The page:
The nature and wisdom of triggers in the shamanic narrative, and guidance on how to release them.

Yes, I did blog about the shamanic narrative of Tigger’s bounce before. This topic is a bit different from that one =)

To that end, I wasn’t sure if this post was more of a Life Betwixt flavor, or What It Is Wednesday. Really, it’s kind of both: What It Is Betwixt?

Last week in What It Is Wednesday I talked about teasing out divinity in the middle of a shit storm, which led me to mention the word “trigger.” Recall my baptism by fire in the Internetz world came in the form of co-leading a national non-profit for adult survivors of childhood sexual assault, called The Saferoom Project. That was almost 20 years ago. While I’m not involved with the group anymore, I learned lifelong lessons there that have deeply informed my soul work.

What’s a Trigger?

In the survivor community, triggers are events that occur as a response to distress in the present that generate a dissociative regression back to a similar originating trauma from the past. Triggers may come in the form of an event, an interpersonal dynamic, an illness, a word, or the repetition of a traumatic event. They are a component of PTSD (post-traumatic stress disorder), and are very important to recognize as such, as part of healing trauma. When we know our triggers, we can seek ways to manage, if not overcome them.

In the shamanic narrative–which is to say, the healing story–anytime we’re talking about PTSD, we’re talking about soul loss. As the soul is made up of infinite and evolving aspects that come and go, this travel is one way our consciousness expands. It’s a way that we heal, learn, grow, and engage with All Things. When soul parts leave as the result of trauma, a dynamic is set up in which the soul part can’t or won’t return to the earthly consciousness. When this distancing occurs, vital aspects of the earthly consciousness become compromised–skills, memories, beliefs, wellness–and stay that way until soul retrieval occurs.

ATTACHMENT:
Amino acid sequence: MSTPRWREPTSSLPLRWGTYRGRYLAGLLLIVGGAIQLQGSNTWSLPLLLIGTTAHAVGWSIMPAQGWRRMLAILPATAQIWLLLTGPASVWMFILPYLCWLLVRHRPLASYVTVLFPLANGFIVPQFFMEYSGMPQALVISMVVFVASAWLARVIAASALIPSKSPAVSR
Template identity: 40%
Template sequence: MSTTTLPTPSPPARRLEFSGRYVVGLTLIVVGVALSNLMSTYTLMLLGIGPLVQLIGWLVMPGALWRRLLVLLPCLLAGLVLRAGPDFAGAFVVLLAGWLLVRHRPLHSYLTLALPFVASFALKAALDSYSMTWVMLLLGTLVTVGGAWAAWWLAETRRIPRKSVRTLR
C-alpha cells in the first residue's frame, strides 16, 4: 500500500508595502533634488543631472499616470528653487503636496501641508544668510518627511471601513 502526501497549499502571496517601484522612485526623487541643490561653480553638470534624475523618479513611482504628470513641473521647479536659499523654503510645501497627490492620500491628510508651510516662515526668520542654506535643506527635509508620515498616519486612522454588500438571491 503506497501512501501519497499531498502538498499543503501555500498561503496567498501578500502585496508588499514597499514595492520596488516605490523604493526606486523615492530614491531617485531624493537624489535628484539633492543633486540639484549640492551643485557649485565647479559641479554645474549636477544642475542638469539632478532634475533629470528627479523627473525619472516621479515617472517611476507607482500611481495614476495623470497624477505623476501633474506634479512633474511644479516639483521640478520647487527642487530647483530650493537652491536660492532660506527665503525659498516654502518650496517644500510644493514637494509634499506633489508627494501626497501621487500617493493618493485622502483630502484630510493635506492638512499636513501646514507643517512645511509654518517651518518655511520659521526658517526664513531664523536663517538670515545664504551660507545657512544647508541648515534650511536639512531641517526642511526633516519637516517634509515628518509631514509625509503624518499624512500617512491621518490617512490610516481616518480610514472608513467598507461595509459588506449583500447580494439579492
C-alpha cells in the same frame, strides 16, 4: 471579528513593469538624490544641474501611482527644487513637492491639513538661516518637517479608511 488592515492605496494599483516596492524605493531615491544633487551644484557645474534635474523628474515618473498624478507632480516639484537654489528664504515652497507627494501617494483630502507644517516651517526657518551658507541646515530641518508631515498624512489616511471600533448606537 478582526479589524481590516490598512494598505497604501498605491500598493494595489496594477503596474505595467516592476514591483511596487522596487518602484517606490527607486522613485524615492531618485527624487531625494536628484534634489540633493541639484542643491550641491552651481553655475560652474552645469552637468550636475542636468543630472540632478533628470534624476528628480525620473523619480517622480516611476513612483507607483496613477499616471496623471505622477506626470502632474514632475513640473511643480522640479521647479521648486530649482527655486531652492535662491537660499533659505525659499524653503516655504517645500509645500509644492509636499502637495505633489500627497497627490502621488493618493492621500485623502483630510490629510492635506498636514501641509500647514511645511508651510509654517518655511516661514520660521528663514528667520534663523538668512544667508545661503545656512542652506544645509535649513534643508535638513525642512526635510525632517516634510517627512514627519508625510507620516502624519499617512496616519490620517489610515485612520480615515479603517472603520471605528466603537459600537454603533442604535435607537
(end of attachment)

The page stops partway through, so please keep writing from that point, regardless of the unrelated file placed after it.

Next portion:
Sussing out triggers is part of the mindfulness work that comes with soul retrieval. Indeed, merely returning the soul part(s) is vital to healing. However, soul retrieval doesn’t necessarily relieve emotional, physical, or psychological symptoms. These require awareness of what triggers unpleasant states and skills for how to cope with, if not change them.

Likewise, merely returning a soul part doesn’t guarantee it will stay. Doing the messy work of mindfulness and life assessment along with soul retrieval, though, does.

How Shamans Work with Triggers

There are many ways to work with triggers, and all of them have in common connecting with the originating feelings and giving them release. Some folks take a very aggressive stance with that, though I’ve never found it necessary (or helpful).

Photo by David Goehring, "Heart Line," Intentional Insights, Soul Intent Arts, Kelley harrellAs an empath, I connect with aspects of self and  body very easily, and I easily access my imagination. As an animist and shaman, I recognize that triggers are their own life force, and that I can communicate with them. For me, that process is something along the following: When triggered, a sort of portal opens, which connects me directly with the first time I felt those feelings. This expanse of space allows me to understand some original nature of the feeling, while still remaining connected to how the feeling manifests in the current trigger/event. I can stand in the connection between them and bring in my skills as a shaman to work with the entire expanse at once.

With that first acquaintance healing must begin. Emphasizing only the present disturbance serves merely to patch over the current feelings, leaving the originating feelings to still be dealt with the next time the trigger happens. Whereas, addressing the source feeling gives the opportunity to release the trigger, for good. Along this progression is the approach to working with triggers that I describe, below.